In the first of a new series, John Charlton leafs through the latest
training book to land on his desk
Once upon a time, in pre-Playstation Britain, storytelling was a key
cultural activity. Morals, lessons, wisdom and family and group histories were
imparted through stories.
Why, when I sat at my grandmother’s grizzled knee in Sunderland, I was
regaled by local tales which conveyed one simple message to guide me through
life’s ups and downs. It was "dinna go down pit, hinnie," which
translates as "find yourself a comfy berth, pet".
Sadly storytelling has waned. There are no storytellers listed in my local
Yellow Pages. But Margaret Parkin, principal of Training Options, believes
storytelling can play a significant role in training.
Some of you will have read her earlier books, Tales for Training and Tales
for Coaching. Now she has published a third, Tales for Change, which matches a
collection of fables and stories to five categories of organisational change:
dealing with change; being creative in times of change; the roles of leaders
and teams undergoing change; dealing with the stress caused by change; and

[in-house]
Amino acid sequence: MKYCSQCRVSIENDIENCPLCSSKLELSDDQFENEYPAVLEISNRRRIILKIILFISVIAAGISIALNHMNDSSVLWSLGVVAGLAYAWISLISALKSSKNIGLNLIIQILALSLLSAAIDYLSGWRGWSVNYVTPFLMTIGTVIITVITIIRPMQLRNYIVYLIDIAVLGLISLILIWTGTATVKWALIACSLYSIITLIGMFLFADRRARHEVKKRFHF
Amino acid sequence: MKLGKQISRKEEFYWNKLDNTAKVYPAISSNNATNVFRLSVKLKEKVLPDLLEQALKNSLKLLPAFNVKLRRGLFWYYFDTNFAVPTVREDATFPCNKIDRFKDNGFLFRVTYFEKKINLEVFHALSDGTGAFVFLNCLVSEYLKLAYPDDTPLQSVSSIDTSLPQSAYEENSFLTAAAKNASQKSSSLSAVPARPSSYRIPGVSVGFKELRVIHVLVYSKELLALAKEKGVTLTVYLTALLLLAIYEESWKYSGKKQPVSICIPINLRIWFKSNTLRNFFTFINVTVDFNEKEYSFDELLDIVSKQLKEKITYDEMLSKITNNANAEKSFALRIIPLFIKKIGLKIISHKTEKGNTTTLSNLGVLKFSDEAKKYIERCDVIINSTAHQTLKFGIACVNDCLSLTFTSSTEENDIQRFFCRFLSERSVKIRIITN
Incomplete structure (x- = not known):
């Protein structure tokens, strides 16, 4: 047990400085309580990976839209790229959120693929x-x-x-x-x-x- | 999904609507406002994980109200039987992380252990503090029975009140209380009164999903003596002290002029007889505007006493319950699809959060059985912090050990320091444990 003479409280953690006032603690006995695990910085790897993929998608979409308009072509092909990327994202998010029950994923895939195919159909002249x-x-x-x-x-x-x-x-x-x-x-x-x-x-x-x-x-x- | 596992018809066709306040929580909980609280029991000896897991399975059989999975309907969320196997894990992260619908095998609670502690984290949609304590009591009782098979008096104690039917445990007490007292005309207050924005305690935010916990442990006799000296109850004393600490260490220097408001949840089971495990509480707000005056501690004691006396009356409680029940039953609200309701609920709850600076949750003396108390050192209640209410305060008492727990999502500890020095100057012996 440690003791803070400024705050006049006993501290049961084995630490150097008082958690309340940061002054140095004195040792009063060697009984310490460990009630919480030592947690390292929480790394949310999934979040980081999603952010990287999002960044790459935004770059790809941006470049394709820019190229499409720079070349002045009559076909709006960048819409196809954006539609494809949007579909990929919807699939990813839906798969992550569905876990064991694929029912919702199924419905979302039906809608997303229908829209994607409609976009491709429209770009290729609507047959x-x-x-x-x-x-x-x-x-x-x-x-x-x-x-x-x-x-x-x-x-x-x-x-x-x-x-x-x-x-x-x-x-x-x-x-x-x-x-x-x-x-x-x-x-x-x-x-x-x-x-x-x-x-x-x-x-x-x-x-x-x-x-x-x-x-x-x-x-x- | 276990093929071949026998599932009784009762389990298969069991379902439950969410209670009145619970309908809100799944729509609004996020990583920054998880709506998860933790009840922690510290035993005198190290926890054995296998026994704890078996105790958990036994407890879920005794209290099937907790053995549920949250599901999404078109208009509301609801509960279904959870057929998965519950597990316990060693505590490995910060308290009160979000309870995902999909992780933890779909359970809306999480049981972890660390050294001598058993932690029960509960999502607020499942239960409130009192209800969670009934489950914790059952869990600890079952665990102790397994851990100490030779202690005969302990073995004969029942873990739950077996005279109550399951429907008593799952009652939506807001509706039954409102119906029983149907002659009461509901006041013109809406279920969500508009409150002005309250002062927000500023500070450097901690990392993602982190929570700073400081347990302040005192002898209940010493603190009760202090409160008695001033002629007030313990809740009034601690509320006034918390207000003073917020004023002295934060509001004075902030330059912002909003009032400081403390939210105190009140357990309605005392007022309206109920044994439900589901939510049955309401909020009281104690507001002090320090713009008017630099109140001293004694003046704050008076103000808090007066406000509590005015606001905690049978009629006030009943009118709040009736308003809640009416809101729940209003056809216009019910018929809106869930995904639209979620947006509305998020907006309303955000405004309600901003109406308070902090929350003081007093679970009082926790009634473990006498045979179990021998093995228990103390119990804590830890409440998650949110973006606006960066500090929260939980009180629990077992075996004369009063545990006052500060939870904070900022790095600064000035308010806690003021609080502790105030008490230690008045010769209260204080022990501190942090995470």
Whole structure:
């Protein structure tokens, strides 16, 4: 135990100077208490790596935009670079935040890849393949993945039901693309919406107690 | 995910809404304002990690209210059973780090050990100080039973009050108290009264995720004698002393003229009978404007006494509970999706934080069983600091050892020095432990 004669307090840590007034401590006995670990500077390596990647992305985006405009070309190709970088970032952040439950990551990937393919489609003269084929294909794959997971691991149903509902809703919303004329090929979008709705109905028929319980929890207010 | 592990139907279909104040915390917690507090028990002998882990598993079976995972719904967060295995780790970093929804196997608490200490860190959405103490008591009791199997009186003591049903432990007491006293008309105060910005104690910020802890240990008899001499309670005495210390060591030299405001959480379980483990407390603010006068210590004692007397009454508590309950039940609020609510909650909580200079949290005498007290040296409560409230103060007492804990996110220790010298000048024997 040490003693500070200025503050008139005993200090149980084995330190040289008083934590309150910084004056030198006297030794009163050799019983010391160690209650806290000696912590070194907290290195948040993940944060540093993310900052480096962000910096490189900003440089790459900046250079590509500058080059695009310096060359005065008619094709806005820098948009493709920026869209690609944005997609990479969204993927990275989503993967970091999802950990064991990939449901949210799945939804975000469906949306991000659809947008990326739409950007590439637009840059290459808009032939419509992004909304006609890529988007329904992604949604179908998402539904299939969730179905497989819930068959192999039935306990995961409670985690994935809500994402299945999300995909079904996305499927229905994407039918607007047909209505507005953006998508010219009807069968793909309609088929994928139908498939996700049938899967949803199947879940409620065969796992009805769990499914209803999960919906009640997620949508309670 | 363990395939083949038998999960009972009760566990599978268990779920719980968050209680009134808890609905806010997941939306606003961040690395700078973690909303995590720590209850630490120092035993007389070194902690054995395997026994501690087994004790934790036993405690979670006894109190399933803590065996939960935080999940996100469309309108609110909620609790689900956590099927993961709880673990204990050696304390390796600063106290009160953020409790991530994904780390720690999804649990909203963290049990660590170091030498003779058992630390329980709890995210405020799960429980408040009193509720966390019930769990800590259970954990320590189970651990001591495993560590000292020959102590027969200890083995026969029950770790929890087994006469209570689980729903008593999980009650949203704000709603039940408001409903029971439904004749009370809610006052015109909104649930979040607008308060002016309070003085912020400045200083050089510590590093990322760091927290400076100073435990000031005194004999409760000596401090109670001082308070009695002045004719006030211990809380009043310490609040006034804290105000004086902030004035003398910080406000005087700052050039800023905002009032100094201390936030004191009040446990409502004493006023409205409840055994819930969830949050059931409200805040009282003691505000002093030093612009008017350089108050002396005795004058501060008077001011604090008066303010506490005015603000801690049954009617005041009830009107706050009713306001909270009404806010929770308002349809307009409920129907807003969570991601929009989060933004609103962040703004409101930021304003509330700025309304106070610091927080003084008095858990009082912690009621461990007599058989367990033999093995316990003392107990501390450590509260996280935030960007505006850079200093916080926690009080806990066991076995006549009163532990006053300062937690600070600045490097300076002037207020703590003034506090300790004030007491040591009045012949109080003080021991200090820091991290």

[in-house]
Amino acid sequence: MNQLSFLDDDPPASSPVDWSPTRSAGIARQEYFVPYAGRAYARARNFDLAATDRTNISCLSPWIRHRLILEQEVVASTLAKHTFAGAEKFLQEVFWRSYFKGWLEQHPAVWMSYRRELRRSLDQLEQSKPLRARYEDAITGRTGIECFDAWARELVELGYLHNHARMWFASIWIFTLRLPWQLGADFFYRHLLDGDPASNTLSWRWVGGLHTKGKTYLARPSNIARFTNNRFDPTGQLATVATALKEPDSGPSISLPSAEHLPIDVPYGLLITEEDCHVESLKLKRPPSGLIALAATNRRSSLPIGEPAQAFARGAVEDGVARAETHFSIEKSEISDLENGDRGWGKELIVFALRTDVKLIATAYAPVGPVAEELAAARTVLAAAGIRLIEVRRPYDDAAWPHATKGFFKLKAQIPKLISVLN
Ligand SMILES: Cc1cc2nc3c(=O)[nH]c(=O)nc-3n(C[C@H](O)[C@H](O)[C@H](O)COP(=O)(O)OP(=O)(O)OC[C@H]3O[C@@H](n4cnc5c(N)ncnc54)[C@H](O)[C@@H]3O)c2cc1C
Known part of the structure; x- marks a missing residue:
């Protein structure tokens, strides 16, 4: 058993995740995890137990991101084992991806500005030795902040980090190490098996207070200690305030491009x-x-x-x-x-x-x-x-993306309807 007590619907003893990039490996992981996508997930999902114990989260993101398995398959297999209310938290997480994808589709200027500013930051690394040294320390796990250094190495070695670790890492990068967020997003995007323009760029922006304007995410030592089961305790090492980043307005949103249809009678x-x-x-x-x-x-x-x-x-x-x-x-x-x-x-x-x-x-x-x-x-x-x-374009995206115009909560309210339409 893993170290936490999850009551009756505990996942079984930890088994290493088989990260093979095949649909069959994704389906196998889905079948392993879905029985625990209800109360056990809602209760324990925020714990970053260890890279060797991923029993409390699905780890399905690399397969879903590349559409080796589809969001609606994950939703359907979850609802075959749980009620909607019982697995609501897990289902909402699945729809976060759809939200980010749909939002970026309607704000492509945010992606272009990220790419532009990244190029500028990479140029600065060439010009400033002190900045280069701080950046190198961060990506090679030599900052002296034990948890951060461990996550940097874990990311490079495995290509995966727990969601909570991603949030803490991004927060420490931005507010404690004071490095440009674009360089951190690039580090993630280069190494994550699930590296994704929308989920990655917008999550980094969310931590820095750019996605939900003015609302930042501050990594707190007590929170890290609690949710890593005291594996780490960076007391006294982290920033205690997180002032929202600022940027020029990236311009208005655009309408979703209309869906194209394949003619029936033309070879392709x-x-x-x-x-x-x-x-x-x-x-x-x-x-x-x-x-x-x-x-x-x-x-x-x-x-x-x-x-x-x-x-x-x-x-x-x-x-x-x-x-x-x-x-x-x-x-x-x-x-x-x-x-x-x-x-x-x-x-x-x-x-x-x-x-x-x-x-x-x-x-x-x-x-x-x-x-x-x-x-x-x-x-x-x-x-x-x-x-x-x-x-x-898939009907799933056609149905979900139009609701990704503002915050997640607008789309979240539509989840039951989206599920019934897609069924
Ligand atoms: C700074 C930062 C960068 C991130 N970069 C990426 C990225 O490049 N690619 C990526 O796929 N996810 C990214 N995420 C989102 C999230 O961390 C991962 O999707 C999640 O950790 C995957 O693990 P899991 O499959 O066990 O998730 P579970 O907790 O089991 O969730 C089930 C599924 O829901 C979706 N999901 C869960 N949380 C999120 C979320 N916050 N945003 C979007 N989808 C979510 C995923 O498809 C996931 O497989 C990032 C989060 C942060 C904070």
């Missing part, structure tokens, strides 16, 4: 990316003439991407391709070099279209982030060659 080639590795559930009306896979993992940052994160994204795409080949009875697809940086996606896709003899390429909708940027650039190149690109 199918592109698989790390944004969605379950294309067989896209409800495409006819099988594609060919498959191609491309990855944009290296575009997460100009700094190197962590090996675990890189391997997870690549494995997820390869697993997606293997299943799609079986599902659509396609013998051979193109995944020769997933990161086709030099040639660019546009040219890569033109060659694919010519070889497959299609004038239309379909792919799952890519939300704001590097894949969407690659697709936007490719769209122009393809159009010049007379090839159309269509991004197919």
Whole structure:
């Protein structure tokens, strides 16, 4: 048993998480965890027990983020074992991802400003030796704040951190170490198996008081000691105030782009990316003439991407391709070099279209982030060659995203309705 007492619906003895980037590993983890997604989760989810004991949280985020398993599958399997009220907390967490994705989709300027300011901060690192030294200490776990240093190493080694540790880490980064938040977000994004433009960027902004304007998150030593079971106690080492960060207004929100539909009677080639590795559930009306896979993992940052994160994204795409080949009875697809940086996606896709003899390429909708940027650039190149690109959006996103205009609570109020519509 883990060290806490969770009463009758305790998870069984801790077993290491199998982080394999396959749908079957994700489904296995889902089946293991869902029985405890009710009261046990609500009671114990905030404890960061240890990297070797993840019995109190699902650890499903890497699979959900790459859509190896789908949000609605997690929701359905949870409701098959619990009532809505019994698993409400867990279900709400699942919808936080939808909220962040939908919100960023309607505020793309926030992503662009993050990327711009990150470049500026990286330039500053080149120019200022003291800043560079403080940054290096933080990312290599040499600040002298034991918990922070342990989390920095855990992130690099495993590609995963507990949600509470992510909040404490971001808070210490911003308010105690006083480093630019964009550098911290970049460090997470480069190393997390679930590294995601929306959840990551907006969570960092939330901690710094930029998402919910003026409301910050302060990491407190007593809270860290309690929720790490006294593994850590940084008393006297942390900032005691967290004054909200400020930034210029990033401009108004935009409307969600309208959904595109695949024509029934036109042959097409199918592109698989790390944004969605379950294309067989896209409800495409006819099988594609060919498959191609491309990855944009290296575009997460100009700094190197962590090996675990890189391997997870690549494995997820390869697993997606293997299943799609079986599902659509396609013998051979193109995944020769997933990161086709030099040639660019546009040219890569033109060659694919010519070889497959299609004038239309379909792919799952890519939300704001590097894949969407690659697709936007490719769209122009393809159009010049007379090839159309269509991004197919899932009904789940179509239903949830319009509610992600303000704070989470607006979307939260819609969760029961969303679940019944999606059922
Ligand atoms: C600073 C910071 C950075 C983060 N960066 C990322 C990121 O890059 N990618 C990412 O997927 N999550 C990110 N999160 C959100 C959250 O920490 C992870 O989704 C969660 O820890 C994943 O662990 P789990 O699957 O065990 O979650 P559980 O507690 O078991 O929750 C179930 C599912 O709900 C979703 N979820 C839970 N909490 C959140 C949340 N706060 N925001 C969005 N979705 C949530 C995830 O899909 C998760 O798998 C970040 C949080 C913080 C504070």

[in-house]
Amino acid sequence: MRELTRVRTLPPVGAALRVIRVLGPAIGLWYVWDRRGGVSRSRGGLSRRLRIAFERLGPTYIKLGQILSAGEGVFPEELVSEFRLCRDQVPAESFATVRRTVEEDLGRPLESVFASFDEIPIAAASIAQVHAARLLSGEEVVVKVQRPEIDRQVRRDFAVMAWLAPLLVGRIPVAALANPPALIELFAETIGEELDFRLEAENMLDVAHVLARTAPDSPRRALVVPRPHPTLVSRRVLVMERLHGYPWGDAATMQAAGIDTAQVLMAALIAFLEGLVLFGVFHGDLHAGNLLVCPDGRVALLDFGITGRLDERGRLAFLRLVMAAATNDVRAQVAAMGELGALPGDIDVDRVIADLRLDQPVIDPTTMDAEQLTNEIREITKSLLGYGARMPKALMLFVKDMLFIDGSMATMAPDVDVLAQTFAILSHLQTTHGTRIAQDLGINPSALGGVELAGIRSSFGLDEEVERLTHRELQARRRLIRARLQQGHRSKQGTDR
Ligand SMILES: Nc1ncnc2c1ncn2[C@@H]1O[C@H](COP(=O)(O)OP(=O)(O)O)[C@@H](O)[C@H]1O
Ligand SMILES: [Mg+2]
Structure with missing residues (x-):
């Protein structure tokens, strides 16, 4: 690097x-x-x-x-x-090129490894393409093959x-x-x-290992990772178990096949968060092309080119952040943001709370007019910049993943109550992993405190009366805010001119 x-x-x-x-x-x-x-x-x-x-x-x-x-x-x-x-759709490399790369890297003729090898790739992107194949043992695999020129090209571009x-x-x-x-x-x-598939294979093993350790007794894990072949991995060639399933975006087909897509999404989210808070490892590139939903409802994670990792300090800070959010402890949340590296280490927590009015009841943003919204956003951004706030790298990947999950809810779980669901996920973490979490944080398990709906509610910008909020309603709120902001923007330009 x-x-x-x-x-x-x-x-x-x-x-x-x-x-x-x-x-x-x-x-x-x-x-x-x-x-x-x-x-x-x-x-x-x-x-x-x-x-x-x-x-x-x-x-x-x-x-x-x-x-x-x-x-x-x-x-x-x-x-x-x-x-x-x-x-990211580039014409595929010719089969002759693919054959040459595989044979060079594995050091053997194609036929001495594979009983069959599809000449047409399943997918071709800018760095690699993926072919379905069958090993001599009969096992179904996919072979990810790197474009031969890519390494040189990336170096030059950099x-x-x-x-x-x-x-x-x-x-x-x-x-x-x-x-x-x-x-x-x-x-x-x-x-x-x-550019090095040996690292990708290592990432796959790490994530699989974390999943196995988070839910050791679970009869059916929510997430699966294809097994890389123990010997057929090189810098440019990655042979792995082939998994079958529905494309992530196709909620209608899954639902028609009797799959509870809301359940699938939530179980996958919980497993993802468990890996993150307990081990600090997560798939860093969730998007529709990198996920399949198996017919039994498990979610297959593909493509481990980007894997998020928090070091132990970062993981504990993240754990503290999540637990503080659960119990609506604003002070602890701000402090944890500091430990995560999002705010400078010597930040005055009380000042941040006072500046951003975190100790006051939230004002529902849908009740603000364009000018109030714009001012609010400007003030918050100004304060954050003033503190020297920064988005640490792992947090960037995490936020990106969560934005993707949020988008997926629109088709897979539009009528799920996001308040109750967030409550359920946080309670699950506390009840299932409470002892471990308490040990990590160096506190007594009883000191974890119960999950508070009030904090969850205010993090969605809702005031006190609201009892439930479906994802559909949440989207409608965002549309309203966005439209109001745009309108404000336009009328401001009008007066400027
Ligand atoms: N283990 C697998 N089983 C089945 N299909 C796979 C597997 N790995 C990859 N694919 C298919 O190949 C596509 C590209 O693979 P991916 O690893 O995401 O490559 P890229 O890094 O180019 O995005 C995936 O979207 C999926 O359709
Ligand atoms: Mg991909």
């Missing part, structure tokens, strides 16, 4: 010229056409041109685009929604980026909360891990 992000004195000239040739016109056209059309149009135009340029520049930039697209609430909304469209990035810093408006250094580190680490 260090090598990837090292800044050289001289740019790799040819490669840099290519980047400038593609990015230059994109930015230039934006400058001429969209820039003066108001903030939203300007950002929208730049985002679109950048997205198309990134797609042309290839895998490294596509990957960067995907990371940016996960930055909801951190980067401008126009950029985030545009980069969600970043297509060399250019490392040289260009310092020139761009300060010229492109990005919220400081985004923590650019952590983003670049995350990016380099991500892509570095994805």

developing emotional intelligence.
On the use of storytelling in promoting creativity in times of change,
Parkin writes: "Stories, metaphors and story-based activities… can be
used as part of a strategic planning, brainstorming or mind-mapping session.
They can be used to unpick a problem and… can encourage people to see that
there is not just one solution to a problem but very often a great many."
Such advice may convince those trainers wary of using old tales to explain
the challenges and benefits of change. Of more use are the stories, ranging
from Aesop’s Fables to internet postings.
But many of the ‘morals’ which follow each story, such as ‘look after the
rocks and the sand will look after itself’ seem trite to this reader. They
smack of Glastonbury Festival bong-stall wisdom rather than being of use to
Tales for Change, by Margaret Parkin, Kogan Page, ISBN 0-7494-4106-2,
£18.99. Margaret Parkin is a speaker at HRD Week on 22 April.